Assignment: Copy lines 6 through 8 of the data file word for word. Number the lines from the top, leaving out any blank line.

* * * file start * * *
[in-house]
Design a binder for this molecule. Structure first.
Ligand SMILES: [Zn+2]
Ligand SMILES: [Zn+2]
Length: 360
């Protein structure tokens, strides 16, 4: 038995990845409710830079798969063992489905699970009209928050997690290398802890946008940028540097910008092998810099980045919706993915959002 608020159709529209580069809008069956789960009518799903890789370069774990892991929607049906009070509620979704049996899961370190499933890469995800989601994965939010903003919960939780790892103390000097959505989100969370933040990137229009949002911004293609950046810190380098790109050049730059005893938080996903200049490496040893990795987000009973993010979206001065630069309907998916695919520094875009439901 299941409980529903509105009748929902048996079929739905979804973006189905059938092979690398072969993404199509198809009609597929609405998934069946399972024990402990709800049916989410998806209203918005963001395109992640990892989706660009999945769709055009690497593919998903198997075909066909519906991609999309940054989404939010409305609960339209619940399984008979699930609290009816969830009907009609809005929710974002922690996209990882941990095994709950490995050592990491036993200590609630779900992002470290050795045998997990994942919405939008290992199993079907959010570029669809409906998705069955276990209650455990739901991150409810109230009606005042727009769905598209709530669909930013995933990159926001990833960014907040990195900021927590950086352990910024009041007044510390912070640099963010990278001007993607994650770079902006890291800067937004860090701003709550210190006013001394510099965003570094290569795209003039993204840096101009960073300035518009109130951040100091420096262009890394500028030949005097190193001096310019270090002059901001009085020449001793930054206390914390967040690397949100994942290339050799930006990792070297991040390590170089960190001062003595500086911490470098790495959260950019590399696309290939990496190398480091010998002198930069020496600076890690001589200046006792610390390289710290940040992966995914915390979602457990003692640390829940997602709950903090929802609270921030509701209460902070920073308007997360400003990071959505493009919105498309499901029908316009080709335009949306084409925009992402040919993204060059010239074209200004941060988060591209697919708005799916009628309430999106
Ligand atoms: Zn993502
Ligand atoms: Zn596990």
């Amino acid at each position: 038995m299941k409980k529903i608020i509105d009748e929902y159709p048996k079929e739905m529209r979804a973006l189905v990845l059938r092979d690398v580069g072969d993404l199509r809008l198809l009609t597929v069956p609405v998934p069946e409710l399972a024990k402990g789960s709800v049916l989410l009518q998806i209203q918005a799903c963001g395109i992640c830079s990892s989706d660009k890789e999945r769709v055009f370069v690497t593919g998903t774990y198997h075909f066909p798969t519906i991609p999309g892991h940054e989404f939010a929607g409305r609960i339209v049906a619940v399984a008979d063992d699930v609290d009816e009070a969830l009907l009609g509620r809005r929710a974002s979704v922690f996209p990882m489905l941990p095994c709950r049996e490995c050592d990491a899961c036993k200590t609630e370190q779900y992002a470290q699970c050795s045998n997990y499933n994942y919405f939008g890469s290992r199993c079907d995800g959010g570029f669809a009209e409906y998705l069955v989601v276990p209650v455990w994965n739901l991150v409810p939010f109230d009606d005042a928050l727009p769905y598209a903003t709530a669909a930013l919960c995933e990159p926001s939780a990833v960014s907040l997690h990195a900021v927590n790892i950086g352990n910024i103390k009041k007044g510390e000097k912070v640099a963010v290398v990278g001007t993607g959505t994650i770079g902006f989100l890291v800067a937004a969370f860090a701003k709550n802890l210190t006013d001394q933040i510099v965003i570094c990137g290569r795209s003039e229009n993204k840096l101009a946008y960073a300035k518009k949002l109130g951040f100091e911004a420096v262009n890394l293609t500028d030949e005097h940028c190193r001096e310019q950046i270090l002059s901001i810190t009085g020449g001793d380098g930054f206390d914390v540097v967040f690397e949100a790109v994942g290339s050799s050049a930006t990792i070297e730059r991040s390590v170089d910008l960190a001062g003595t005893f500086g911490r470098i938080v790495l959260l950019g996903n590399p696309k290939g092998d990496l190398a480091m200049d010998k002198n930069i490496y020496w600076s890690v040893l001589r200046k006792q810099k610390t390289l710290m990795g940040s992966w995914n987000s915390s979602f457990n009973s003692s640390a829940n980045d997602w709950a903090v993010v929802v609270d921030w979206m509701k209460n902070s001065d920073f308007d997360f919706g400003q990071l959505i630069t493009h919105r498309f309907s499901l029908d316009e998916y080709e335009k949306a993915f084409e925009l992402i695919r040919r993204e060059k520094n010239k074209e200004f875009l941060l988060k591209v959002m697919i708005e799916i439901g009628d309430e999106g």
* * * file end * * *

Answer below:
């Protein structure tokens, strides 16, 4: 038995990845409710830079798969063992489905699970009209928050997690290398802890946008940028540097910008092998810099980045919706993915959002 608020159709529209580069809008069956789960009518799903890789370069774990892991929607049906009070509620979704049996899961370190499933890469995800989601994965939010903003919960939780790892103390000097959505989100969370933040990137229009949002911004293609950046810190380098790109050049730059005893938080996903200049490496040893990795987000009973993010979206001065630069309907998916695919520094875009439901 299941409980529903509105009748929902048996079929739905979804973006189905059938092979690398072969993404199509198809009609597929609405998934069946399972024990402990709800049916989410998806209203918005963001395109992640990892989706660009999945769709055009690497593919998903198997075909066909519906991609999309940054989404939010409305609960339209619940399984008979699930609290009816969830009907009609809005929710974002922690996209990882941990095994709950490995050592990491036993200590609630779900992002470290050795045998997990994942919405939008290992199993079907959010570029669809409906998705069955276990209650455990739901991150409810109230009606005042727009769905598209709530669909930013995933990159926001990833960014907040990195900021927590950086352990910024009041007044510390912070640099963010990278001007993607994650770079902006890291800067937004860090701003709550210190006013001394510099965003570094290569795209003039993204840096101009960073300035518009109130951040100091420096262009890394500028030949005097190193001096310019270090002059901001009085020449001793930054206390914390967040690397949100994942290339050799930006990792070297991040390590170089960190001062003595500086911490470098790495959260950019590399696309290939990496190398480091010998002198930069020496600076890690001589200046006792610390390289710290940040992966995914915390979602457990003692640390829940997602709950903090929802609270921030509701209460902070920073308007997360400003990071959505493009919105498309499901029908316009080709335009949306084409925009992402040919993204060059010239074209200004941060988060591209697919708005799916009628309430999106
Ligand atoms: Zn993502
Ligand atoms: Zn596990």